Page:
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Who Needs Voicemail Anymore? with Michael Schrage

Tech expert Michael Schrage calls voicemail "an anachronism" whose time has come and gone. Could e-mail be next?

Michael Schrage: I’ve been very interested in voicemail because, like many people, you know, when it first came out I immediately hung up the phone. I didn’t want to leave a message. And then, of course, I became upset when people didn’t have voicemail so I couldn’t leave a message. And then much to my shock and horror, I became upset when the person I had called answered the phone because I didn’t want to speak to them. I just wanted to leave a message. And I thought that voicemail was a very interesting genre of communications. But as we went forward and as corporate voicemail took hold and then as texting and other forms of communication, e-mail, et cetera, and mobile devices materialized. It became clear that voicemail was, deservedly so, an anachronism. It was more and more work, less and less efficient for the value derived. And so I think going forward one of the most interesting things that we’re going to see is how people have different technology communication styles. Increasingly I believe you’re only going to have conversations, voice conversations with people who you know and you’re going to use texting and e-mail to set up a conversation before you have a voicemail, or, excuse me, real-time conversation with them. I think voicemail is an anachronism.

I don’t think people want to listen to 15 or 20 messages. I think they’re happy to scan 15 or 20 texts. So I think we’re in a stage where basically you’re going to tell a lot about somebody’s personality whether they want to communicate with you via e-mail, via text, or they want to talk with you on the phone. And the last quasi-useful thing I can say on this is this is really a demographic phenomenon. I don’t think there’s anybody I know under the age of 30 who listens to their voicemail. And I think most people over the age of 50 are just too tired to go through their cues of voicemail. Voicemail is a great idea whose time has come and it’s gone. So Coke pulling the plug on their voicemail system, I don’t think people will care. In fact the irony is for the majority of people they already have a voicemail system. It’s through their mobile phone provider. Corporations are going to get out of that kind of a business. And I’ll go one step further. I think the era of corporate e-mail is going to vanish too because I think people are using LinkedIn and Facebook, Yammer and other “enterprise social media platforms” to manage interaction. Yes, I think everybody will always have an e-mail address, but in terms of time invested and time spent I think within the decade e-mail is going to sound and smell suspiciously like voicemail as a platform for where work gets done.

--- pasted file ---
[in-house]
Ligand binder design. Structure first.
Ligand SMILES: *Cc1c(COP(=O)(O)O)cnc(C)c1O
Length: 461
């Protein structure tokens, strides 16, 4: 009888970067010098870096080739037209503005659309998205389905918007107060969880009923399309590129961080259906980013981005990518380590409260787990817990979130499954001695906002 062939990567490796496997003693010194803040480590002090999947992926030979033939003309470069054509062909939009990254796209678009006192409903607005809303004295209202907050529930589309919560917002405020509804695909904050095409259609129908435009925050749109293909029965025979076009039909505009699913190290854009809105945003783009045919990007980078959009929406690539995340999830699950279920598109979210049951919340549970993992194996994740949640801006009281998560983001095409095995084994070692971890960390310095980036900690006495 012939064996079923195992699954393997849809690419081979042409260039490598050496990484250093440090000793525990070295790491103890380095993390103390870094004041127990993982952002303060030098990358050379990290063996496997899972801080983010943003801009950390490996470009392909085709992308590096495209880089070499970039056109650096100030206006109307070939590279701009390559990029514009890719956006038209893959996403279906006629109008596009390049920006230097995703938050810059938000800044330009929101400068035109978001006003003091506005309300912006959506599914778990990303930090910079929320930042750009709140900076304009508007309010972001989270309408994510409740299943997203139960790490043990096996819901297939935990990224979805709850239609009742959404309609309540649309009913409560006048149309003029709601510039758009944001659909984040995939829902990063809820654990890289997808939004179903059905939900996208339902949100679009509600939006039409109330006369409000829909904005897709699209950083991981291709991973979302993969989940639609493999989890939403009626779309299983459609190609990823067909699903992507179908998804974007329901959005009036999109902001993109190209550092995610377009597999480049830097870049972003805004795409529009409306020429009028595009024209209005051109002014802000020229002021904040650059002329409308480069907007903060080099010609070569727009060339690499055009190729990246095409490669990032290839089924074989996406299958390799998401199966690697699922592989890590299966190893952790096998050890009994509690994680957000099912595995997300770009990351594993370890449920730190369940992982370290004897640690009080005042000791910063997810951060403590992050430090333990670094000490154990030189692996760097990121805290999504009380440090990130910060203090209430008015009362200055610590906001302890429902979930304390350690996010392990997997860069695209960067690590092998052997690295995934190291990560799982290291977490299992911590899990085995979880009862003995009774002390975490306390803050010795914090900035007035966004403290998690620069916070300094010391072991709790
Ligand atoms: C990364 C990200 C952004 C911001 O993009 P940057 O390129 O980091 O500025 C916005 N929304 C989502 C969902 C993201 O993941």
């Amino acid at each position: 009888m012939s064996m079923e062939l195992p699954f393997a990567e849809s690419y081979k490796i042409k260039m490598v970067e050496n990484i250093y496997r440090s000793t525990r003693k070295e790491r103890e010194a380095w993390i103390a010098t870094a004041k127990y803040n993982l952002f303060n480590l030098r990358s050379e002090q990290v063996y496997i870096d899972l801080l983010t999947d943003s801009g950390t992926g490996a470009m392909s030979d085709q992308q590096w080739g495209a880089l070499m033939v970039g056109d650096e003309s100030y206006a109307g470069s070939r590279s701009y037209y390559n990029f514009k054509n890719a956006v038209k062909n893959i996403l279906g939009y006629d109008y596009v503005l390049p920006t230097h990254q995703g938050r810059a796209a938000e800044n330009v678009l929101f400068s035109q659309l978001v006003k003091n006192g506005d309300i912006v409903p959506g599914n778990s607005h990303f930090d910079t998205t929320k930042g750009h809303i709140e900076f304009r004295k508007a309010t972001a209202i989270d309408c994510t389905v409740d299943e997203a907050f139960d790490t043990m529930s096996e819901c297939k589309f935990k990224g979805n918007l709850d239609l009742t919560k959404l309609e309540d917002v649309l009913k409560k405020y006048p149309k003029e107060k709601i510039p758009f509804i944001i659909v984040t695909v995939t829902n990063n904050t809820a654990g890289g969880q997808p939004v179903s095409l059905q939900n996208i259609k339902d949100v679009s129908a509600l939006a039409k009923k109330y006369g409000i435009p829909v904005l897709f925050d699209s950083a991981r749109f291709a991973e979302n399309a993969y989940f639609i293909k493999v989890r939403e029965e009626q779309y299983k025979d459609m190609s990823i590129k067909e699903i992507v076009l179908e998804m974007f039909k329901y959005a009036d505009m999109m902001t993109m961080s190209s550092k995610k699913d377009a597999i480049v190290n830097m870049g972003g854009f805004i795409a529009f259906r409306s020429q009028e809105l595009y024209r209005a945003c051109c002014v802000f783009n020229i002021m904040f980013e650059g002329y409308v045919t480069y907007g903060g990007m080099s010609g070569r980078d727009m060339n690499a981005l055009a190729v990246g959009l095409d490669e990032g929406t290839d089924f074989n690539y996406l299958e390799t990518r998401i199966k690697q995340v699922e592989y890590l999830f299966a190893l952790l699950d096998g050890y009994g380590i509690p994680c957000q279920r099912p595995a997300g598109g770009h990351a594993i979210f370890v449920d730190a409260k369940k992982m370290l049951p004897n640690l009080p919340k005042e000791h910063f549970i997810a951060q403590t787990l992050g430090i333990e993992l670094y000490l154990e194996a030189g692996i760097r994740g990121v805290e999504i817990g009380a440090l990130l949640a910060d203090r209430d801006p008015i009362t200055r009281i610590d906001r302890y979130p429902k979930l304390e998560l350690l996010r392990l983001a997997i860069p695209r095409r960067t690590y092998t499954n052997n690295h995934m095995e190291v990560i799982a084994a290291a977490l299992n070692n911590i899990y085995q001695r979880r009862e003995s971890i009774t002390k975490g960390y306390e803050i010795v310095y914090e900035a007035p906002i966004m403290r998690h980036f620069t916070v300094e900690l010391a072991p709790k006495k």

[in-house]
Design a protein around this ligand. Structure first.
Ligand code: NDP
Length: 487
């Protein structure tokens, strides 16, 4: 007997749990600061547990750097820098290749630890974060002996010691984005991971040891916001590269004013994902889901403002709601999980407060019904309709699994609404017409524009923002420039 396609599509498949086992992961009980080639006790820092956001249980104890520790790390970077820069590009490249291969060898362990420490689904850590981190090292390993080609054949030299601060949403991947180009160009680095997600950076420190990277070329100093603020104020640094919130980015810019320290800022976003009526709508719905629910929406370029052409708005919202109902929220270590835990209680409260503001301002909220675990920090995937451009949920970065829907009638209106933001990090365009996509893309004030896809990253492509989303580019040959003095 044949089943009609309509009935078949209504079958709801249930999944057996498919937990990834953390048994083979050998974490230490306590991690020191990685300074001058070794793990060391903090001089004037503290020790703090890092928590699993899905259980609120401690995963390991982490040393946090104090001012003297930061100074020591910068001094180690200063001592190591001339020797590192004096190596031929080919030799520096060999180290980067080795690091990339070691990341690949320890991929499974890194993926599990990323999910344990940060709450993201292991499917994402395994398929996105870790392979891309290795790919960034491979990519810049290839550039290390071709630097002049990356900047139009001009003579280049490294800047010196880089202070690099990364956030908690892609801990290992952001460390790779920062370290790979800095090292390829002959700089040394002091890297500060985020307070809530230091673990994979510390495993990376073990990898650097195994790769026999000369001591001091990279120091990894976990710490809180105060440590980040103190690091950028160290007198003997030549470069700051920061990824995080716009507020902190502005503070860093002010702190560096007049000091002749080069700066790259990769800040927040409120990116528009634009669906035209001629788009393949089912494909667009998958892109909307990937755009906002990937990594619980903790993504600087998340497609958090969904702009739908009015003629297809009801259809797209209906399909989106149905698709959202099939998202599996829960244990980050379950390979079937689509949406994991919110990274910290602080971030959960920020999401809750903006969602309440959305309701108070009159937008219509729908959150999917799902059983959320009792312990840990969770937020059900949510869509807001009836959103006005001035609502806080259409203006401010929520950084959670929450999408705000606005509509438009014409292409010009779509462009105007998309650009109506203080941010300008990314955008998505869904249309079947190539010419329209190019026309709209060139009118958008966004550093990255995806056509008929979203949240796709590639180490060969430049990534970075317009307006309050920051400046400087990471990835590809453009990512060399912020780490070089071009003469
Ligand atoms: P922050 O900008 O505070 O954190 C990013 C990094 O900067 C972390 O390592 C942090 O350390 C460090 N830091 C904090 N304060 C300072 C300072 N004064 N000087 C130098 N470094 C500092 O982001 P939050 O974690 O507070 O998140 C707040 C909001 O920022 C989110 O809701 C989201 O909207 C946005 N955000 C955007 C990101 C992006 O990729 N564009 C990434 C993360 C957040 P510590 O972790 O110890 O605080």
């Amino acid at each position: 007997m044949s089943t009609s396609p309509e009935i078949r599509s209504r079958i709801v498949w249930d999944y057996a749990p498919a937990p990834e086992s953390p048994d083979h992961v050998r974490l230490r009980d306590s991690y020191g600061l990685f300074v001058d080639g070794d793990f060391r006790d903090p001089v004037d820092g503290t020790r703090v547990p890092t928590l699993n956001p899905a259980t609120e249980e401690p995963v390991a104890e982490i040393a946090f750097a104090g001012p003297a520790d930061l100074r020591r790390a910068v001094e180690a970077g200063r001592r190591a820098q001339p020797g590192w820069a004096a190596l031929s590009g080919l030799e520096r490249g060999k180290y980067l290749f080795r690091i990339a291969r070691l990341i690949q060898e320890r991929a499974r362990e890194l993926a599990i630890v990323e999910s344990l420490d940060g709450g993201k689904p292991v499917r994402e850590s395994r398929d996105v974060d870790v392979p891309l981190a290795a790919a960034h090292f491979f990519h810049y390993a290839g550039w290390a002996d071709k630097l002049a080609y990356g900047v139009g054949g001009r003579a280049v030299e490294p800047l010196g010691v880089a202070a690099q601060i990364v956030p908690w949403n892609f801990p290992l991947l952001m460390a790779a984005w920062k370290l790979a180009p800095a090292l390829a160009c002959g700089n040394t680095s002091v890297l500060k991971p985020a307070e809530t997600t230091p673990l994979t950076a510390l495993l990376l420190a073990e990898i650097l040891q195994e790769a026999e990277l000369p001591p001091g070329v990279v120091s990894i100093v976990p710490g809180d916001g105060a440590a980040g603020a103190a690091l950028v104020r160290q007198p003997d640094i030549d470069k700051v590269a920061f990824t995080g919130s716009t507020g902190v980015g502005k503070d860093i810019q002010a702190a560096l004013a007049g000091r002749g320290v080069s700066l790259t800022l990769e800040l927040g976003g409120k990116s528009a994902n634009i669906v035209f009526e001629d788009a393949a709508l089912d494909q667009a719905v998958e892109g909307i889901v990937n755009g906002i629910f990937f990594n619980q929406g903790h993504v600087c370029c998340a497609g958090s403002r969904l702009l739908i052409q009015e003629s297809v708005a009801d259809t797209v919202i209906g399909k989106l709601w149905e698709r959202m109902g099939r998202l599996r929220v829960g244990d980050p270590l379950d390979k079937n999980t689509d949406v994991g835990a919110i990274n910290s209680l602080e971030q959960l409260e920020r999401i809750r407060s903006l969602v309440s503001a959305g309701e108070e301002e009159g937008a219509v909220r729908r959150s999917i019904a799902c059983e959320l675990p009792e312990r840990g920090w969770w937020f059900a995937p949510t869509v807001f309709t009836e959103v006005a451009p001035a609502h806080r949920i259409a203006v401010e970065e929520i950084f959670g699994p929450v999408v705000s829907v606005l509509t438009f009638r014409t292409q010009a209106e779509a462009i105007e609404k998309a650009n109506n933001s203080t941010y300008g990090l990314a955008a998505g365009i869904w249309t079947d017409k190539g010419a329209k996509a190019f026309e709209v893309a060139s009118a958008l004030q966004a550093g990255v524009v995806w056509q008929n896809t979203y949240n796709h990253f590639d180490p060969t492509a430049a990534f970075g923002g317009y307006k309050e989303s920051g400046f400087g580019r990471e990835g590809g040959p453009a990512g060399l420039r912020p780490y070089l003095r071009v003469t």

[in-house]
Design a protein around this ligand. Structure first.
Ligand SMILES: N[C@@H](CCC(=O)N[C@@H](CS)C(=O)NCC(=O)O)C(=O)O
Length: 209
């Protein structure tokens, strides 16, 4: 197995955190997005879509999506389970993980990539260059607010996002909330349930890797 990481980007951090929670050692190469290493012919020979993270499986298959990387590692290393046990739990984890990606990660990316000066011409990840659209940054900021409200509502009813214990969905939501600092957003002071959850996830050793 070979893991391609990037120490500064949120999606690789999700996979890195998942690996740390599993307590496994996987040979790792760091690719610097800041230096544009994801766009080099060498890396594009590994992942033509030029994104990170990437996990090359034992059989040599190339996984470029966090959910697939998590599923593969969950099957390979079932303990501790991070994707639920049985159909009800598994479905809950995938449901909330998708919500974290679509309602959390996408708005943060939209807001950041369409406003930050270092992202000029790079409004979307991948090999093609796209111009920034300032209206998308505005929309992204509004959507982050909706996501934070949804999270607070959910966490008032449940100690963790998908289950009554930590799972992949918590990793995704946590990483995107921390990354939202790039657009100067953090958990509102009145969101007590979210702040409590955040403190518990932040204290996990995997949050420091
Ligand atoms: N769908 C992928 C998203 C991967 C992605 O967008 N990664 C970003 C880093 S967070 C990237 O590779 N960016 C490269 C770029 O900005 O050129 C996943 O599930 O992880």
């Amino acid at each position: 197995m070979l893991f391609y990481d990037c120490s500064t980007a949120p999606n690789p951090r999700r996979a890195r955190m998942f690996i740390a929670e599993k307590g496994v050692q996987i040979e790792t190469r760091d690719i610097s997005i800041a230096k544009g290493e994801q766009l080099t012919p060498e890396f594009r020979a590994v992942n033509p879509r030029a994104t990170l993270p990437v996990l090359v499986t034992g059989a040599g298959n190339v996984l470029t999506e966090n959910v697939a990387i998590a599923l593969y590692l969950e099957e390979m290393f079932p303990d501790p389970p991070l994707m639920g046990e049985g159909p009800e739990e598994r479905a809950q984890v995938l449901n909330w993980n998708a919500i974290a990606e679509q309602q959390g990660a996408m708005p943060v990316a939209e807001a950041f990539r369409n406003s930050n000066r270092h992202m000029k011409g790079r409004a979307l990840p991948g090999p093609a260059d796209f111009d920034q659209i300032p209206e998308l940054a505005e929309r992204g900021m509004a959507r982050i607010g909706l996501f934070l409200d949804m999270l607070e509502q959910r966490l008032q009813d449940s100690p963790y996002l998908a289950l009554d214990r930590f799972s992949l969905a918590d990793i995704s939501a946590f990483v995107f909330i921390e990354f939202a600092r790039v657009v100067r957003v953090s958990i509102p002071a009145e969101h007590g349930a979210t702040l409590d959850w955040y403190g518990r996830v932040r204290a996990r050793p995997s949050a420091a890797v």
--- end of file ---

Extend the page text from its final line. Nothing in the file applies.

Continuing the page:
Directed/Produced by Jonathan Fowler, Elizabeth Rodd, and Dillon Fitton

 

Tech expert Michael Schrage calls voicemail "an anachronism" whose time has come and gone. Could e-mail be next? The author of The Innovator's Hypothesis explores different modes and styles of communication looking toward the future.

Remote learning vs. online instruction: How COVID-19 woke America up to the difference

Educators and administrators must build new supports for faculty and student success in a world where the classroom might become virtual in the blink of an eye.

Credit: Shutterstock
Sponsored by Charles Koch Foundation
  • If you or someone you know is attending school remotely, you are more than likely learning through emergency remote instruction, which is not the same as online learning, write Rich DeMillo and Steve Harmon.
  • Education institutions must properly define and understand the difference between a course that is designed from inception to be taught in an online format and a course that has been rapidly converted to be offered to remote students.
  • In a future involving more online instruction than any of us ever imagined, it will be crucial to meticulously design factors like learner navigation, interactive recordings, feedback loops, exams and office hours in order to maximize learning potential within the virtual environment.
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White dwarfs hold key to life in the universe, suggests study

New study shows white dwarf stars create an essential component of life.

NASA and H. Richer (University of British Columbia)
Surprising Science
  • White dwarf stars create carbon atoms in the Milky Way galaxy, shows new study.
  • Carbon is an essential component of life.